Delta, Bank of America End Sponsorship of New York's Public Theater Over Trump-Like 'Julius Caesar'

Joan Marcus
'Julius Caesar'

“No matter what your political stance may be, the graphic staging of 'Julius Caesar' at this summer’s Free Shakespeare in the Park does not reflect Delta Air Lines’ values," the airline said in a statement.

Just hours before the theater world gathered for the annual Tony Awards, Delta Air Lines revoked its four-year-old sponsorship of New York's Public Theater, according to reports. The airline found issue with the summer production of Julius Caesar, featuring the assassination of the title character, who in this staging bears an unmistakable resemblance to President Donald Trump.

"No matter what your political stance may be, the graphic staging of Julius Caesar at this summer's Free Shakespeare in the Park does not reflect Delta Air Lines' values,” Delta spokeswoman Ashton Morrow said Sunday in a statement. "Their artistic and creative direction crossed the line on the standards of good taste."

Delta also reportedly told The Public Theater its decision is effective immediately.

Later on Sunday, Bank of America also pulled its support of the Public Theater, bringing to an end an 11-year relationship. A Bank of America spokesperson told New York's Daily News: “The Public Theater chose to present Julius Caesar in a way that was intended to provoke and offend. Had this intention been made known to us, we would have decided not to sponsor it.”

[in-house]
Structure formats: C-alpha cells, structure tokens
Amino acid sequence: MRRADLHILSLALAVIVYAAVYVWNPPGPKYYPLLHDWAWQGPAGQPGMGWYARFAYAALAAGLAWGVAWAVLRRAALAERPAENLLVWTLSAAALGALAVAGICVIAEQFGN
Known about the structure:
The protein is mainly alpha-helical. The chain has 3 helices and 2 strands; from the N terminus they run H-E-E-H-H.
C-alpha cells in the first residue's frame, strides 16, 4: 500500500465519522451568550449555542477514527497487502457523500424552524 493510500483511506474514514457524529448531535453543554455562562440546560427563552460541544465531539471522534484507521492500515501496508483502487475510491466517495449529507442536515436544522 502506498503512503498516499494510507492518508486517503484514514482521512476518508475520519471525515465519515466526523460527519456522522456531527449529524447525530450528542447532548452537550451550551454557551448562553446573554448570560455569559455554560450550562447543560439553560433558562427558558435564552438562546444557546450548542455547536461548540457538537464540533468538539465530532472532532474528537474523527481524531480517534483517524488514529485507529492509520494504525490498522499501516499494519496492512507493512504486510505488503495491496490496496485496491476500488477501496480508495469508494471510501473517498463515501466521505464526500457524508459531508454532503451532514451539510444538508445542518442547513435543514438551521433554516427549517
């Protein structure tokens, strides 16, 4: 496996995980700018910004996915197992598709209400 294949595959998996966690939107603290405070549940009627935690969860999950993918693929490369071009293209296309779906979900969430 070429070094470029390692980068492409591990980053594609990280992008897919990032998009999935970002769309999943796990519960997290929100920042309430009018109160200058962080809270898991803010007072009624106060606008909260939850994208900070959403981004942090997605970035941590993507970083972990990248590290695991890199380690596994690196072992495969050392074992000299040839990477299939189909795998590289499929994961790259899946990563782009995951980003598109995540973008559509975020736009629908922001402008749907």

The play, which is being staged by the Public's artistic director Oskar Eustis and runs through June 18 at the Delacorte Theatre in Central Park, features characters in contemporary costumes and such unconventional casting as Elizabeth Marvel in the key male role of Marc Antony. The chief talking point, however, has been its portrayal of Caesar, played by Gregg Henry, who sports yellowish blonde hair, a Trump-style suit and an extra-long red tie, with his wife Calpurnia styled as a sleek Slavic beauty. The play features the title character's bloody assassination.

"Donald Trump has been president for less than a year," wrote The Hollywood Reporter theater critic Frank Scheck in his review. "But using him to make satirical points has already become cliche."

The news follows on the heels of comedian Kathy Griffin posing with a fake, bloody likeness of President Trump's head. She has since apologized for the photos, although CNN ultimately decided to cut the comedian from its annual New Year's Eve special with Anderson Cooper.

A representative for The Public Theater did not immediately respond to THR's request for comment.

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